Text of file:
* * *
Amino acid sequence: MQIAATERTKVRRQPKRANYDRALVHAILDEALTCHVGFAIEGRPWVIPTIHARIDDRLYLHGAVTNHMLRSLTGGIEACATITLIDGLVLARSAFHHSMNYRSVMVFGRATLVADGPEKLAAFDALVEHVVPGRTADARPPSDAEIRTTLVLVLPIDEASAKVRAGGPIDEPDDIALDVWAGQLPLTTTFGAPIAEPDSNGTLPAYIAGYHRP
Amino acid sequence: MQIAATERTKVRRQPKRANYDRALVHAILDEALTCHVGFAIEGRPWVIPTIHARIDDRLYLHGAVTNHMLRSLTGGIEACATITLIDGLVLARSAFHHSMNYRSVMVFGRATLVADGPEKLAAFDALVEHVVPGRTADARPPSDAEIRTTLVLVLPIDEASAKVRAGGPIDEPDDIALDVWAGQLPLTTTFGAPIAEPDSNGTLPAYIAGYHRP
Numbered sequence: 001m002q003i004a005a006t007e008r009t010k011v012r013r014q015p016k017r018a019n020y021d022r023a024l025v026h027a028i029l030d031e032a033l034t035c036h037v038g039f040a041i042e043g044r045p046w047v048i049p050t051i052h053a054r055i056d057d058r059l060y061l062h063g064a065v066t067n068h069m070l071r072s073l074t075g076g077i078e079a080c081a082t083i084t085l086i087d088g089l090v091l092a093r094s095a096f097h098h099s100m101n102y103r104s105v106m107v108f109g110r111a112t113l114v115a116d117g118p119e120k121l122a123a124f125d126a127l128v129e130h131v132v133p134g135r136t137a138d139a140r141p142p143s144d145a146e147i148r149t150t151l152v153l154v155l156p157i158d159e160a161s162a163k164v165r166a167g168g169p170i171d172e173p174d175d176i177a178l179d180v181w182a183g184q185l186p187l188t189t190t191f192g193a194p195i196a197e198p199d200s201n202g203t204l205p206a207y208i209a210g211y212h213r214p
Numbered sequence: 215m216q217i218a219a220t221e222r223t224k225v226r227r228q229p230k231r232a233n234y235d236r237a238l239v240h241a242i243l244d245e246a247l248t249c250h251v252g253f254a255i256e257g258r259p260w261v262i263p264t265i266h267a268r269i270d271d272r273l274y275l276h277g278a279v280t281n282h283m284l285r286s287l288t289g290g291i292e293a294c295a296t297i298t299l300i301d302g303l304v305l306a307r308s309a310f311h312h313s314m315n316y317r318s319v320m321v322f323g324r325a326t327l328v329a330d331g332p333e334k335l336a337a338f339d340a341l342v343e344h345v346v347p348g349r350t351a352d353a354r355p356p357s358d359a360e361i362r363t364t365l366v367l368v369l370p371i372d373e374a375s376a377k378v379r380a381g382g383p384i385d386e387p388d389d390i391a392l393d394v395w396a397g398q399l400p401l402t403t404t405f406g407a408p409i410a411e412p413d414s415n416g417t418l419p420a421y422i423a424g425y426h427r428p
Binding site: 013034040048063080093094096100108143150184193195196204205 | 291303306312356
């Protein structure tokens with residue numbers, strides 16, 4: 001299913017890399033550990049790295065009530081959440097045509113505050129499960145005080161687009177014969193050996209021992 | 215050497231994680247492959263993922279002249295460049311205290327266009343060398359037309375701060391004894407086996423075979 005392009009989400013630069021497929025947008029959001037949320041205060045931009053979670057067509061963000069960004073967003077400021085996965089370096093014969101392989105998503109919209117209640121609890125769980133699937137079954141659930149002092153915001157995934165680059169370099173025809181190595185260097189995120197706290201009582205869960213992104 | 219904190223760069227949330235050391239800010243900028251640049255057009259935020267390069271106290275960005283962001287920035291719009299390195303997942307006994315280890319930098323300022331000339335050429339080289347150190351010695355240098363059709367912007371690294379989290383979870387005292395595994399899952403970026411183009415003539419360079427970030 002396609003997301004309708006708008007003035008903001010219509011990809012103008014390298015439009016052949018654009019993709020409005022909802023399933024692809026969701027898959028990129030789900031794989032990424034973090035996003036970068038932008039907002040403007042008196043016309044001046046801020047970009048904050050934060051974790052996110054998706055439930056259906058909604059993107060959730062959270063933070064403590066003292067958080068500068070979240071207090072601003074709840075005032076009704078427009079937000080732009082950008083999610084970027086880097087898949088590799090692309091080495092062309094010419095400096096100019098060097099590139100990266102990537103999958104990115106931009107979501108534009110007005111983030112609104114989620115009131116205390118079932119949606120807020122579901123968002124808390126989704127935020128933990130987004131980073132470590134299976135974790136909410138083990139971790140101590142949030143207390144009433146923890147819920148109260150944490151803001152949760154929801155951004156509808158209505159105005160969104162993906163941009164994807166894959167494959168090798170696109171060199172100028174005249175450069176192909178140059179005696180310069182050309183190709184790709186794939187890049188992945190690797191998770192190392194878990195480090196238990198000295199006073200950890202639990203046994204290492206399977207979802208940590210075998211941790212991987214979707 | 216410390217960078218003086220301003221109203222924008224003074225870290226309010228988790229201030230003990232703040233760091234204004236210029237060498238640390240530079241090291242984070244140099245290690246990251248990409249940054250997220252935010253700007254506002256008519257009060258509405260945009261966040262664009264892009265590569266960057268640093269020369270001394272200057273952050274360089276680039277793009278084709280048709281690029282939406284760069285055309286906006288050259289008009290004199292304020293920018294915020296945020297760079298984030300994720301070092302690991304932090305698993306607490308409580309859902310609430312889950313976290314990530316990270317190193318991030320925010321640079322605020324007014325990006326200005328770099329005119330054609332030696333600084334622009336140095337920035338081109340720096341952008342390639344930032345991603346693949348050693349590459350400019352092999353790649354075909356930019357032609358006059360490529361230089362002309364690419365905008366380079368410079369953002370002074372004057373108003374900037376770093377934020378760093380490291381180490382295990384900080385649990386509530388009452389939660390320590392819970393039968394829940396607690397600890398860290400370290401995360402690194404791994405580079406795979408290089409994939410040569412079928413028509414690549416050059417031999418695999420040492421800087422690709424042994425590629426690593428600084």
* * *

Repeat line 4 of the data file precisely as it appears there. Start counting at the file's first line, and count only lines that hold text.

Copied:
Numbered sequence: 215m216q217i218a219a220t221e222r223t224k225v226r227r228q229p230k231r232a233n234y235d236r237a238l239v240h241a242i243l244d245e246a247l248t249c250h251v252g253f254a255i256e257g258r259p260w261v262i263p264t265i266h267a268r269i270d271d272r273l274y275l276h277g278a279v280t281n282h283m284l285r286s287l288t289g290g291i292e293a294c295a296t297i298t299l300i301d302g303l304v305l306a307r308s309a310f311h312h313s314m315n316y317r318s319v320m321v322f323g324r325a326t327l328v329a330d331g332p333e334k335l336a337a338f339d340a341l342v343e344h345v346v347p348g349r350t351a352d353a354r355p356p357s358d359a360e361i362r363t364t365l366v367l368v369l370p371i372d373e374a375s376a377k378v379r380a381g382g383p384i385d386e387p388d389d390i391a392l393d394v395w396a397g398q399l400p401l402t403t404t405f406g407a408p409i410a411e412p413d414s415n416g417t418l419p420a421y422i423a424g425y426h427r428p